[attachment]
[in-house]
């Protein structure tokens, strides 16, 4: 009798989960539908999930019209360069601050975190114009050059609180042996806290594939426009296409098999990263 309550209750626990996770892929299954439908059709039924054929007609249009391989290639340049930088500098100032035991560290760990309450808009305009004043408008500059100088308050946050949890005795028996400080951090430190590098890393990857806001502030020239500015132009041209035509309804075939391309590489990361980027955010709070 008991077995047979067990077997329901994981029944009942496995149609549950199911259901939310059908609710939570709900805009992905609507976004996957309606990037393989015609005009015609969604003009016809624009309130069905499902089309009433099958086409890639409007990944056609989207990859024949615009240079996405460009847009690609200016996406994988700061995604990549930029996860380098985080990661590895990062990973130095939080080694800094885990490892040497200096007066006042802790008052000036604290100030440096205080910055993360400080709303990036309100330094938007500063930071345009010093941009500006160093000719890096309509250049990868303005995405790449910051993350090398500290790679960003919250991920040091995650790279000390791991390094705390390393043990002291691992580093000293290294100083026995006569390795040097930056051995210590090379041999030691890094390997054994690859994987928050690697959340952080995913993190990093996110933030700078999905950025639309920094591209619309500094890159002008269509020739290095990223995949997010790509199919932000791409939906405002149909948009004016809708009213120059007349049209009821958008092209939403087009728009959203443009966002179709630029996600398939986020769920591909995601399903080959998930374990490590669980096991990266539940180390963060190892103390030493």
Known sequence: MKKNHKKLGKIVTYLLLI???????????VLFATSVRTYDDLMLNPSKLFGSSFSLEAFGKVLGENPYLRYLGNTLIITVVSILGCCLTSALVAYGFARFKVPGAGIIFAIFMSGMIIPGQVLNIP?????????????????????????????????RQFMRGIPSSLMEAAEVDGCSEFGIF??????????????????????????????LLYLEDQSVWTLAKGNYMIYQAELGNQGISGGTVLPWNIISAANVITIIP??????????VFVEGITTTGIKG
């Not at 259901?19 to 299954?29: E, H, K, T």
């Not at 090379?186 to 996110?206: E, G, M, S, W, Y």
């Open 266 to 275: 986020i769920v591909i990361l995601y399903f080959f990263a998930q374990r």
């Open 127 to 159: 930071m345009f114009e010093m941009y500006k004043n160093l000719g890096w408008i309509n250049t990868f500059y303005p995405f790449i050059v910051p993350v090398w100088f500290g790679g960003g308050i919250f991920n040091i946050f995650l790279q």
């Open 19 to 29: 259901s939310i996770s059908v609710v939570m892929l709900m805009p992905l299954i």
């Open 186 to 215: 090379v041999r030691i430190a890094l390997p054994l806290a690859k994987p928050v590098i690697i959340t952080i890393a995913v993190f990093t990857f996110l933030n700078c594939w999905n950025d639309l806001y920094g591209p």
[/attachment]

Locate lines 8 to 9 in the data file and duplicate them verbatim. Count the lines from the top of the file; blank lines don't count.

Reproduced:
């Open 19 to 29: 259901s939310i996770s059908v609710v939570m892929l709900m805009p992905l299954i």
């Open 186 to 215: 090379v041999r030691i430190a890094l390997p054994l806290a690859k994987p928050v590098i690697i959340t952080i890393a995913v993190f990093t990857f996110l933030n700078c594939w999905n950025d639309l806001y920094g591209p």